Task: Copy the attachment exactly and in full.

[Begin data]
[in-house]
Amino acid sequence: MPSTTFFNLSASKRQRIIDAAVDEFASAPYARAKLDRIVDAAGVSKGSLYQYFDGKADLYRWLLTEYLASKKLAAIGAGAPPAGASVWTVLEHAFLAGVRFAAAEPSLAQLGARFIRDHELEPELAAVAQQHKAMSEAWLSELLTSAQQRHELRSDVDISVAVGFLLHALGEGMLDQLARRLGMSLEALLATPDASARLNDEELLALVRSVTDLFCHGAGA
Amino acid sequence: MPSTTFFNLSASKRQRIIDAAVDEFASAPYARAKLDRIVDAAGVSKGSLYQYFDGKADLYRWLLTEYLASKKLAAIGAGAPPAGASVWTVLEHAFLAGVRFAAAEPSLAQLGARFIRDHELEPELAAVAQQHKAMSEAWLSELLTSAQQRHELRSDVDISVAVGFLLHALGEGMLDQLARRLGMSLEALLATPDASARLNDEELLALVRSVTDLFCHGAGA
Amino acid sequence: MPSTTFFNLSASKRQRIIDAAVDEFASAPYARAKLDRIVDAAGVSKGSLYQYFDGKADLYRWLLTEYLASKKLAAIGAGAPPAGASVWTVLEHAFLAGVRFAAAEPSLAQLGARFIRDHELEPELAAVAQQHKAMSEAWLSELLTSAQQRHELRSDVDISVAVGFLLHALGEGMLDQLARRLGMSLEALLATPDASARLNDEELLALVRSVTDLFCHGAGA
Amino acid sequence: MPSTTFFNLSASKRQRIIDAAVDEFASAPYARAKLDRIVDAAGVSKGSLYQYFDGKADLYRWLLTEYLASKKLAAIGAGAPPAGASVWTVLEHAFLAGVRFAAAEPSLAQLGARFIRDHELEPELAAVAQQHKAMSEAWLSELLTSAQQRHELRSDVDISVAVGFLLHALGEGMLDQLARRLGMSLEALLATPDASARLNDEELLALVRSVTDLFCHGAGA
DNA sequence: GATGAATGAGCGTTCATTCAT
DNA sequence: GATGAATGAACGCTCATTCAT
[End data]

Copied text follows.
[in-house]
Amino acid sequence: MPSTTFFNLSASKRQRIIDAAVDEFASAPYARAKLDRIVDAAGVSKGSLYQYFDGKADLYRWLLTEYLASKKLAAIGAGAPPAGASVWTVLEHAFLAGVRFAAAEPSLAQLGARFIRDHELEPELAAVAQQHKAMSEAWLSELLTSAQQRHELRSDVDISVAVGFLLHALGEGMLDQLARRLGMSLEALLATPDASARLNDEELLALVRSVTDLFCHGAGA
Amino acid sequence: MPSTTFFNLSASKRQRIIDAAVDEFASAPYARAKLDRIVDAAGVSKGSLYQYFDGKADLYRWLLTEYLASKKLAAIGAGAPPAGASVWTVLEHAFLAGVRFAAAEPSLAQLGARFIRDHELEPELAAVAQQHKAMSEAWLSELLTSAQQRHELRSDVDISVAVGFLLHALGEGMLDQLARRLGMSLEALLATPDASARLNDEELLALVRSVTDLFCHGAGA
Amino acid sequence: MPSTTFFNLSASKRQRIIDAAVDEFASAPYARAKLDRIVDAAGVSKGSLYQYFDGKADLYRWLLTEYLASKKLAAIGAGAPPAGASVWTVLEHAFLAGVRFAAAEPSLAQLGARFIRDHELEPELAAVAQQHKAMSEAWLSELLTSAQQRHELRSDVDISVAVGFLLHALGEGMLDQLARRLGMSLEALLATPDASARLNDEELLALVRSVTDLFCHGAGA
Amino acid sequence: MPSTTFFNLSASKRQRIIDAAVDEFASAPYARAKLDRIVDAAGVSKGSLYQYFDGKADLYRWLLTEYLASKKLAAIGAGAPPAGASVWTVLEHAFLAGVRFAAAEPSLAQLGARFIRDHELEPELAAVAQQHKAMSEAWLSELLTSAQQRHELRSDVDISVAVGFLLHALGEGMLDQLARRLGMSLEALLATPDASARLNDEELLALVRSVTDLFCHGAGA
DNA sequence: GATGAATGAGCGTTCATTCAT
DNA sequence: GATGAATGAACGCTCATTCAT